Lady Macbeth is talking in her sleep, aimlessly wandering, and overall just generally acting very strange, this alone is a sign of her extreme guilt. It becomes crystal clear that she regrets what she has done when she later ends her own life, as she is unable to live with what her and her husband had done in order to get where they are. What they had done together had very clearly ruined their lives, and Lady Macbeth realized and regretted it all towards the end. She showed true remorse for killing the guards, making it clear that at the very least she knew what she did was wrong. When someone does something this wrong, one of the only ways you can truly determine whether they are “evil” or not is if they feel guilt or show remorse for their actions, both of which Lady Macbeth did in excess since she loses her mind and goes on a rant saying: Out, damn'd spot!
He was not born to shame. Upon his brow shame is ashamed to sit, for ’tis a throne where honor may be crowned. Sole monarch of the universal earth” (3.2.92-95). Although Juliet too speaks badly of her Romeo, she realizes that no matter what, she needs to be there for him. By standing up for Romeo at such a difficult time, Juliet is putting her foot down, and not letting the Nurse talk rudely of husband.
It’s no surprise, that Shakespeare’s Macbeth was clearly constructed as a rebellion against femininity roles of the time. During the Elizabethan era, women were raised to believe they were inferior to men since men obtained desired masculine qualities such as strength, and loyalty, whereas women were viewed as figures of hospitality (1; 6; 28-31). Obviously, not being tempted by the luxury of subservient women, William Shakespeare rebuked this twisted belief, applying that women deserve more respect than their kitchen tables. However, if transcending female expectations was used as a weapon than for good, is it still considered an act of femininity? Of course not!
From the very beginning Lady Macbeth is more willing to do whatever it takes to make the prophecy a reality. Lady Macbeth alludes to this by saying “Glamis thou art, and Cawdor; and shalt be/What thou art promised: yet do I fear thy nature;/ It is too full o’ the milk of human kindness” (1.5.359-361). Lady macbeth states that Macbeth will be what he has been told that he will be as long as he’s “brave enough” to take it. Furthermore, she states her fear for him being too timid and kind. However, when she begins to tell Macbeth her ideas he attempts to be steadfast in his loyalty to King Duncan.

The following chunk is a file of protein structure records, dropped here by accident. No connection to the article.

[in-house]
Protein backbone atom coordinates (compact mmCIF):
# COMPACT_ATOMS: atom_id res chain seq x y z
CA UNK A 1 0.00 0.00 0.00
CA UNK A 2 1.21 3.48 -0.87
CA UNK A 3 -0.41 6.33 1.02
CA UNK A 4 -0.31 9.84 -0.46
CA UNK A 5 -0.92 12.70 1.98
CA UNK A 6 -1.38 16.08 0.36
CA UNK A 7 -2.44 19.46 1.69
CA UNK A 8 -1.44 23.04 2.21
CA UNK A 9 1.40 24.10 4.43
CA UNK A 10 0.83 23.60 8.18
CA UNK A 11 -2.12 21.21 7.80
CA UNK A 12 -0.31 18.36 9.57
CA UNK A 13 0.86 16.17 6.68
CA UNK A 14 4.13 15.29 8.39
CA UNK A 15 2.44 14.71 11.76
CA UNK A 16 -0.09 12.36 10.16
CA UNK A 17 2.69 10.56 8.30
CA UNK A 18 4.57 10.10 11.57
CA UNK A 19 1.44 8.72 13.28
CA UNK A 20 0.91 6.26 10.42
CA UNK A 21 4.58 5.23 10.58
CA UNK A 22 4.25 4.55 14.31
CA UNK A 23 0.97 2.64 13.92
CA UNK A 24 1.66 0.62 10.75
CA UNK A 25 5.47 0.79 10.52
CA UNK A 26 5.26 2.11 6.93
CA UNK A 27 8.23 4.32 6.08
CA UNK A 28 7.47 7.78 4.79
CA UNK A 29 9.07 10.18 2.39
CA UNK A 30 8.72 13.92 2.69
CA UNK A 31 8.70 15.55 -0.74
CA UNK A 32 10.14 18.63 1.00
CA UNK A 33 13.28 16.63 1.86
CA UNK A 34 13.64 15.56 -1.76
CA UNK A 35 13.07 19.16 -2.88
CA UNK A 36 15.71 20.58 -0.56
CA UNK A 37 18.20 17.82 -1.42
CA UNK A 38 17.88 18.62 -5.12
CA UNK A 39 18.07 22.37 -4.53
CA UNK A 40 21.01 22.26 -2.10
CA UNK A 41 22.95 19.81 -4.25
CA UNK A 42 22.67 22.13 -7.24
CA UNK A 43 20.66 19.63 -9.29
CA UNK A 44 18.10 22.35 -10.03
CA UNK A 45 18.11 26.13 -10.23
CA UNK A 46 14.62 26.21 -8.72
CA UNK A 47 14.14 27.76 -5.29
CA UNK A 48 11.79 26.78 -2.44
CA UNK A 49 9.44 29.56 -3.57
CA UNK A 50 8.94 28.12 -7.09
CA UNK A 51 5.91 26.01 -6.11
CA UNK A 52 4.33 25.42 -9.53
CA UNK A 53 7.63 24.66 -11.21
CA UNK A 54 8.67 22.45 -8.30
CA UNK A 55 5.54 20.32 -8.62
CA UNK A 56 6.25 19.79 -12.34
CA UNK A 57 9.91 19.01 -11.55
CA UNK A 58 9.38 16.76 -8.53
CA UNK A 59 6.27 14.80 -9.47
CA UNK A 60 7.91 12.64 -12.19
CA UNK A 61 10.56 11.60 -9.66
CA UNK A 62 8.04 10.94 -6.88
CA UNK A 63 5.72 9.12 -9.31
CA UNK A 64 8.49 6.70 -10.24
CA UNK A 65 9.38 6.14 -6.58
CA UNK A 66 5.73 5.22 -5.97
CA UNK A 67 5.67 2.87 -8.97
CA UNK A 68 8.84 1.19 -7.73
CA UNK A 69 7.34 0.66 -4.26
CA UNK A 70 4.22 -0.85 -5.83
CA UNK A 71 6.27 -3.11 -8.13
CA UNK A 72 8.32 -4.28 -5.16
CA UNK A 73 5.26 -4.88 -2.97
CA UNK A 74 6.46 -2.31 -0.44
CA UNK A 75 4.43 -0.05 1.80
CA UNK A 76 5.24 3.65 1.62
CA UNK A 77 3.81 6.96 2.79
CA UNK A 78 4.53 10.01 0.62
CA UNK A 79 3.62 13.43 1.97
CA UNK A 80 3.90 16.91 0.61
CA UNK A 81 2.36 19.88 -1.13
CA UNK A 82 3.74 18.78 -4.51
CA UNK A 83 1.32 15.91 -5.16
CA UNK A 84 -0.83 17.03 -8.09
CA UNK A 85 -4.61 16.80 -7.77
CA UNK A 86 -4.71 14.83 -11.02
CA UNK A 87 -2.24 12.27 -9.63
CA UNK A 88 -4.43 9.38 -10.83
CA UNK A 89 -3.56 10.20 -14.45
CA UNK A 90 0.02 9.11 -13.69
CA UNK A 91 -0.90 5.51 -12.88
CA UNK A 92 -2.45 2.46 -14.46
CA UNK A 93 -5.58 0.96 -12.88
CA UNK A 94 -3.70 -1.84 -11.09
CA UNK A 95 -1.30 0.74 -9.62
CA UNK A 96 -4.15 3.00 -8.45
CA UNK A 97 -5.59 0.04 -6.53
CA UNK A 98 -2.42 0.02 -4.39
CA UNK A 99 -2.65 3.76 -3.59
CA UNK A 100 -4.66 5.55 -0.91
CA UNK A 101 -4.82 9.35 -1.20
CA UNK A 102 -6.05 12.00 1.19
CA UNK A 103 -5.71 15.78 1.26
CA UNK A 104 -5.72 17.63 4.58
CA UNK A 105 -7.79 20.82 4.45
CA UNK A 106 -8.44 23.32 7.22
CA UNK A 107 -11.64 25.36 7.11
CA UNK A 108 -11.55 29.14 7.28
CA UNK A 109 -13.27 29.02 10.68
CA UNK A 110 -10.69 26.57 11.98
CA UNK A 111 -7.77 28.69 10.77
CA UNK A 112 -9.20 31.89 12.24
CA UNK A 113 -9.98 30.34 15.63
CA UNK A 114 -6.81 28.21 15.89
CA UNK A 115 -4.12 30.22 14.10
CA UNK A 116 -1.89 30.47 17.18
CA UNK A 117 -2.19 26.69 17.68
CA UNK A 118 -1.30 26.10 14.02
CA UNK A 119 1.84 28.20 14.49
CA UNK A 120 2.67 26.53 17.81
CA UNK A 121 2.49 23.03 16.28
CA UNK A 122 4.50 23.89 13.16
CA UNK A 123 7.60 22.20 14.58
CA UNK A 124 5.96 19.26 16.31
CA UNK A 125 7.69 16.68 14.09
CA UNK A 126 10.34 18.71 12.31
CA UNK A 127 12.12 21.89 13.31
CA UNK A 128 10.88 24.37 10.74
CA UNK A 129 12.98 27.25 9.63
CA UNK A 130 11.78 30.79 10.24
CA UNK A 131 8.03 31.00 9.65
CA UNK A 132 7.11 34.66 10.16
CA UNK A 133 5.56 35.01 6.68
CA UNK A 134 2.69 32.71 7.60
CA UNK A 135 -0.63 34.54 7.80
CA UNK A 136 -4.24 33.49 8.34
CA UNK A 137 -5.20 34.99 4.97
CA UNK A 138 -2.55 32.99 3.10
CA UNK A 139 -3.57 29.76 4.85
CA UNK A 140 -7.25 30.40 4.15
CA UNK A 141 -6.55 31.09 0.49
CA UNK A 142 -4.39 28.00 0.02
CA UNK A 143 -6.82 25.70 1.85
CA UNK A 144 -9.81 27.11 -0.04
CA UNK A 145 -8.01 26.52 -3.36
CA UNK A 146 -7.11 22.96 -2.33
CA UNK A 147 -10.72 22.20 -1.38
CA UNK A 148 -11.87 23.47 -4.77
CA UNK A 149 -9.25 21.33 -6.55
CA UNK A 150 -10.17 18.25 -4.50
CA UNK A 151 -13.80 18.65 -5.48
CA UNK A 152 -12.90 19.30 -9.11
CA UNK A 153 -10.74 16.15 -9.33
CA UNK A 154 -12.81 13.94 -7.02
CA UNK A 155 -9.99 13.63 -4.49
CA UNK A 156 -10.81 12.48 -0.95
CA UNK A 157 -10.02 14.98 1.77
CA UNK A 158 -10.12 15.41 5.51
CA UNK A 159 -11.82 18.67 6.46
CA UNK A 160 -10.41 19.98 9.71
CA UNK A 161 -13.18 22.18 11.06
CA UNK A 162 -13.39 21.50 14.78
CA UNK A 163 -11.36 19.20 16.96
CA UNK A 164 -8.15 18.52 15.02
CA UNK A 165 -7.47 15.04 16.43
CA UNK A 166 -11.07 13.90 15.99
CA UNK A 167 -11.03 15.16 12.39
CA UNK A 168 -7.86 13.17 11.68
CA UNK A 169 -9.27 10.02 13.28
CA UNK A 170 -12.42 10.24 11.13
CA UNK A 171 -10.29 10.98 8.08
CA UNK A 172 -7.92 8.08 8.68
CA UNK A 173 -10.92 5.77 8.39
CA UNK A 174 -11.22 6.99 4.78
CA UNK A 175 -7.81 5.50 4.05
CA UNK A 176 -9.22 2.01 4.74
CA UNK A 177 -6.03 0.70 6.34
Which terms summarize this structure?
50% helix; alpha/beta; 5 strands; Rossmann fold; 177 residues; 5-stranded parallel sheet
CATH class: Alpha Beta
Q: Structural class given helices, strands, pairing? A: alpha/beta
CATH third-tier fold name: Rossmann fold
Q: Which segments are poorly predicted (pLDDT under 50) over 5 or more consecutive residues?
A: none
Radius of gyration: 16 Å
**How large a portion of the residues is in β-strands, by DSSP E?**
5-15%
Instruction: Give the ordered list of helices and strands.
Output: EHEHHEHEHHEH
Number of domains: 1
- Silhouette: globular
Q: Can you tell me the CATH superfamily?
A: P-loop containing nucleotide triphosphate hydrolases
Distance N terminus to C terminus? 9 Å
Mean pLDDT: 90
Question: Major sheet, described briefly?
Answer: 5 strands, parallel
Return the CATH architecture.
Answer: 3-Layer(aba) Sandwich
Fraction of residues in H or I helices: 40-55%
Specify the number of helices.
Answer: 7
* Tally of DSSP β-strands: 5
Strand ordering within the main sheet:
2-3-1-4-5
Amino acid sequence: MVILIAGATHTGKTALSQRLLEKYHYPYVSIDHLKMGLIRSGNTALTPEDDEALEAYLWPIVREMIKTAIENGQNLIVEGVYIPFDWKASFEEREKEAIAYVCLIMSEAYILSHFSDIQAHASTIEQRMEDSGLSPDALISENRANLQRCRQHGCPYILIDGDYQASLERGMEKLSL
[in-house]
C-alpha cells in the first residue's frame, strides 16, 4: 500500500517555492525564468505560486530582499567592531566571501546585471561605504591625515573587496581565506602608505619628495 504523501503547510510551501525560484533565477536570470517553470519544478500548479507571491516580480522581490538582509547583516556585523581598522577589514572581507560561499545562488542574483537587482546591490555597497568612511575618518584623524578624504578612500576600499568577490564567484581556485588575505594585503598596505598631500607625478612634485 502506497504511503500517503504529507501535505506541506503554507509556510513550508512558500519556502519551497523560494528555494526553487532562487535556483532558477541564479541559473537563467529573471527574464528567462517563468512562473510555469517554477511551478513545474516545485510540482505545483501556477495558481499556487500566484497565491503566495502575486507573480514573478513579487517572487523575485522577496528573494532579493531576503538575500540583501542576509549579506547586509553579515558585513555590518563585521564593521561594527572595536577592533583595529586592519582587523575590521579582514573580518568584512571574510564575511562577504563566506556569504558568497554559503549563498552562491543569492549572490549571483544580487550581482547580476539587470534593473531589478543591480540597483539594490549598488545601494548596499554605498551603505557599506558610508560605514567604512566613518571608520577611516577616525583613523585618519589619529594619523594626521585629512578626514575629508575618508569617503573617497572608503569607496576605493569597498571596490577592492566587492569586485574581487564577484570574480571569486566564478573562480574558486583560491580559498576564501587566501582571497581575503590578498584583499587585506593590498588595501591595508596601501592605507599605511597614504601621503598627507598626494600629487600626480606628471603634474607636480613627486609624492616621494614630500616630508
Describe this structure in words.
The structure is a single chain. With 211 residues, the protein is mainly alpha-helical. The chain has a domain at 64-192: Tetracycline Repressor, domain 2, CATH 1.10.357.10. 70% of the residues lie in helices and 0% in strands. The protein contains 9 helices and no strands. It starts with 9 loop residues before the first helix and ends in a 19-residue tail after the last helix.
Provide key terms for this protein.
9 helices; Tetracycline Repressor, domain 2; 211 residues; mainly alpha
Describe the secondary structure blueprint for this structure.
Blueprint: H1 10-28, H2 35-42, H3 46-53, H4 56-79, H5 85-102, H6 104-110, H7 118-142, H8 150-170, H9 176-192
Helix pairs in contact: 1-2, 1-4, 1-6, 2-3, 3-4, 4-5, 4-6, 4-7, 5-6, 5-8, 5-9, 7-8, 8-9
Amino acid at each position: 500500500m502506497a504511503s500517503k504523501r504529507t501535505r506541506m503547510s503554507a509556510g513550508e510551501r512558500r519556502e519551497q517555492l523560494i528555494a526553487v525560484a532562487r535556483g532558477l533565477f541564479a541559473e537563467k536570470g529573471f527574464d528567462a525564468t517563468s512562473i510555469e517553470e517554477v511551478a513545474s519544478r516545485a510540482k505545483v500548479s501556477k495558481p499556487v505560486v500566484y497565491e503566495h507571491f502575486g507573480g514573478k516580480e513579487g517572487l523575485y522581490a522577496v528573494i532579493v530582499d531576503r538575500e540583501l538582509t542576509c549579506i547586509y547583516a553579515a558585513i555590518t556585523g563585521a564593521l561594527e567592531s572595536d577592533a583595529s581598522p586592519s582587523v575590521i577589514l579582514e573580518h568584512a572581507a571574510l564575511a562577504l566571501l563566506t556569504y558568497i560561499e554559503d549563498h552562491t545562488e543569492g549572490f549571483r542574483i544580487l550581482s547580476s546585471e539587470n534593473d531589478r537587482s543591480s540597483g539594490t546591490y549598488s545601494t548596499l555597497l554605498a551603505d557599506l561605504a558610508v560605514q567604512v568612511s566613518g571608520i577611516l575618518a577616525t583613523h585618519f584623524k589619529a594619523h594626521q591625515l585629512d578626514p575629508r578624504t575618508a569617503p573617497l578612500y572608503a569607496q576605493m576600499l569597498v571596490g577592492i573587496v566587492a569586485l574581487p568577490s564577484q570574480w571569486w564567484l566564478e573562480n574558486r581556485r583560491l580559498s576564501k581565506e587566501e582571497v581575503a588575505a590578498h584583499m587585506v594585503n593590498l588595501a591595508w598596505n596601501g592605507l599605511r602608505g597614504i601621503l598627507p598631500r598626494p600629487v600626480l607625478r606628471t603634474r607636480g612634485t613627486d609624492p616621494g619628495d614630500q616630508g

Even though Lady Macbeth has ambition like her husband she fears Macbeth’s nature “Glamis thou art, and Cawdor, and shalt be what thou art promised. Yet do I fear thy nature; it is too full o' th' milk of human kindness to catch the nearest way. Thou wouldst be great, art not without ambition, but without the illness should attend it” (15-20). After reading the letter from her husband which recounts the witches' prophesy, Lady Macbeth's thoughts immediately turn to murder. The problem with that is Macbeth has ambition, but he doesn’t have the nerve to see it through.
The use of language proposes that Lady Macbeth knows the meaning and qualities of being a man, but unfortunately, her husband Macbeth, is very kind and compassionate in-order to pursue his opportunity to become King. I believe that Lady Macbeth wants Macbeth to be harsh and ruthless towards his opponents and eliminate them, to stand a chance to pursue the Thane Of Cawdor even if he doesn 't have the qualities. This is further recognized when Lady Macbeth Quotes - " Look like th ' innocent flower, but be the serpent under t '". The words "Innocent, flower", suggest that Lady Macbeth is using nature and the delicacy to describe the characteristics within Macbeth. Not only is nature involved, but when Lady Macbeth interestingly says, " Look", that proposes that Lady Macbeth has control over Macbeth and can guide and tell him what to do, or in this
Through the course of ‘Macbeth’, masculinity is presented as a driving force to Macbeth’s crimes, making it a vital theme. In this essay, focus will be on masculinity’s presentation through Macbeth and Lady Macbeth. In the beginning, Shakespeare portrays Macbeth as “valiant”: a prized masculine quality and the key to respect in their society. However, this trait becomes warped along the play. Furthermore, Lady Macbeth has power comparable to man’s but is then cast aside by her husband at the end.
“A man with too much ambition cannot sleep in peace” as stated by Maxx Mitchell. This statement describes that the people will have some trade off in order to pursue something they have, to give up on something. However, the goal is really the choice It could lead to different consequences either positive or negative. Shakespeare's play Macbeth is described as a tragic character and his action has been influenced by his wife. Shakespeare believes that ambition, when taken too far leads to our destruction as shown through Macbeth and Lady Macbeth.